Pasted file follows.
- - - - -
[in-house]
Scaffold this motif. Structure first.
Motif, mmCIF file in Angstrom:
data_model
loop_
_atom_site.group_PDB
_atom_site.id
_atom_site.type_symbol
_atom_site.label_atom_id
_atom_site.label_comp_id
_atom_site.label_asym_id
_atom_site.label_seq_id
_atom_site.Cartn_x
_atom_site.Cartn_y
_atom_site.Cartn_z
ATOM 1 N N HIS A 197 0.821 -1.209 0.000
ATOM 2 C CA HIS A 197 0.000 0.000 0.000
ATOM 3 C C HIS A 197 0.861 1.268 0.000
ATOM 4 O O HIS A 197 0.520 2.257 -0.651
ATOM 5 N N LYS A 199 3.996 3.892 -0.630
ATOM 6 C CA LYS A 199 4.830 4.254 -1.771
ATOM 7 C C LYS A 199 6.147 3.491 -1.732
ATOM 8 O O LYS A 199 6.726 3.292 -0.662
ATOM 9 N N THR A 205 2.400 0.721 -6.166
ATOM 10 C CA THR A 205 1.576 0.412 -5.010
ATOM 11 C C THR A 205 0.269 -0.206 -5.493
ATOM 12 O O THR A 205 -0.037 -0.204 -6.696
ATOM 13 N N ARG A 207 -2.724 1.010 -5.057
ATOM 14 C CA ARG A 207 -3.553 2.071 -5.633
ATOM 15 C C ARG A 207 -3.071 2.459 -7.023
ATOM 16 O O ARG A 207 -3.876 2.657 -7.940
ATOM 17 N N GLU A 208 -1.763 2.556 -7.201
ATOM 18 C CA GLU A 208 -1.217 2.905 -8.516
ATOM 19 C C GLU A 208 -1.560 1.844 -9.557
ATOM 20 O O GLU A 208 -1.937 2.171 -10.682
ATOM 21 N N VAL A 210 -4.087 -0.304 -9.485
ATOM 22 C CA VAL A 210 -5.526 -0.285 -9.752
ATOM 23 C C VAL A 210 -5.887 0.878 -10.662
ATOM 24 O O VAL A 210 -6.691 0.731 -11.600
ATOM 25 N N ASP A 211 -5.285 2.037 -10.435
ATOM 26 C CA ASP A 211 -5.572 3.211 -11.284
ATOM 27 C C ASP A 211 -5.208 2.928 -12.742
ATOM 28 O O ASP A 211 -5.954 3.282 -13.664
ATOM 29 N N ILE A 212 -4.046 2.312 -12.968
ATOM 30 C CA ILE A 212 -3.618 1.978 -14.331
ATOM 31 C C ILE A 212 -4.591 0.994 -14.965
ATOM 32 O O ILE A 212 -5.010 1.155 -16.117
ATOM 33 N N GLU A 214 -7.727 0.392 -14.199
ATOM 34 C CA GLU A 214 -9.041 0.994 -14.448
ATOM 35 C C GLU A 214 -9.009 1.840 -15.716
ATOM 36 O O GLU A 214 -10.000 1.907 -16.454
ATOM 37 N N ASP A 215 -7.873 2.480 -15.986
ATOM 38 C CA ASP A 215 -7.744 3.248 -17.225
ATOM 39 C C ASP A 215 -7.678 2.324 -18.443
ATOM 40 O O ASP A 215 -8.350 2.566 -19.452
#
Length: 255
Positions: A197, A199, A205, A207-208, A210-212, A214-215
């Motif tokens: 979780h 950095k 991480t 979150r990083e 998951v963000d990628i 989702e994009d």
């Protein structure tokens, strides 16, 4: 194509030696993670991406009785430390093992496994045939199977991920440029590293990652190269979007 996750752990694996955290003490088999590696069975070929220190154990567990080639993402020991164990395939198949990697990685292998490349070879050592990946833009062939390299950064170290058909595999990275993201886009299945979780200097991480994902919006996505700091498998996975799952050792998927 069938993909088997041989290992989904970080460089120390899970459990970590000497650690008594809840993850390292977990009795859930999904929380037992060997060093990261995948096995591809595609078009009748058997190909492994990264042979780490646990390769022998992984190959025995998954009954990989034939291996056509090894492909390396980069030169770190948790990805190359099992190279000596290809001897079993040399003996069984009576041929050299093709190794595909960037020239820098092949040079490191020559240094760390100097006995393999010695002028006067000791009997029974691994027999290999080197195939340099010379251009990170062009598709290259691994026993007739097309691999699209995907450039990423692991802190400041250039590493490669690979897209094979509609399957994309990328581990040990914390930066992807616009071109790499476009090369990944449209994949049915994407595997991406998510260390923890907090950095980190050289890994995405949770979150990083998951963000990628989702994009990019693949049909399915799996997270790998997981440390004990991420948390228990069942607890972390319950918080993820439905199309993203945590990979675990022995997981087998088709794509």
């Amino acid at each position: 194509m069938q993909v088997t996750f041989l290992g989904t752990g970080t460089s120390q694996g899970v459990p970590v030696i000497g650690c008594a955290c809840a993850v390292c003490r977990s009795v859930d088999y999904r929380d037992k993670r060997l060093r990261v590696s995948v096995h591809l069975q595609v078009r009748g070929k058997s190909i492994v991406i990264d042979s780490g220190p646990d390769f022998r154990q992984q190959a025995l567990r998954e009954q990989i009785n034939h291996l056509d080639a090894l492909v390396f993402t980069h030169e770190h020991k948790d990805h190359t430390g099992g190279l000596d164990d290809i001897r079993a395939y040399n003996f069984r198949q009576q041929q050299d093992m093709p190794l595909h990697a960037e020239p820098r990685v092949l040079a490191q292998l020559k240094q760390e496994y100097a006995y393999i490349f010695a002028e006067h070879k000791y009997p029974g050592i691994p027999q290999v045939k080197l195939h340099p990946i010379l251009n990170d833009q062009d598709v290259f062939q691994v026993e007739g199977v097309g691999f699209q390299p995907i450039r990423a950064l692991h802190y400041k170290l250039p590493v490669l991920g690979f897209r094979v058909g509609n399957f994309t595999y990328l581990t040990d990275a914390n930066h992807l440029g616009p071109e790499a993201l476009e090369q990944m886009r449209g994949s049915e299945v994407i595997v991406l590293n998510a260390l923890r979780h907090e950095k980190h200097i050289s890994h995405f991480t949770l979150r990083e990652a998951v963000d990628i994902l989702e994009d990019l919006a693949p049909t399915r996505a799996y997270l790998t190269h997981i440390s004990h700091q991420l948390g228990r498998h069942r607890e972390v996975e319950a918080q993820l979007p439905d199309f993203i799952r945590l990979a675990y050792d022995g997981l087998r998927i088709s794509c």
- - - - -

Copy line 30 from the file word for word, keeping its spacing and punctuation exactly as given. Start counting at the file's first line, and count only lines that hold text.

ATOM 15 C C ARG A 207 -3.071 2.459 -7.023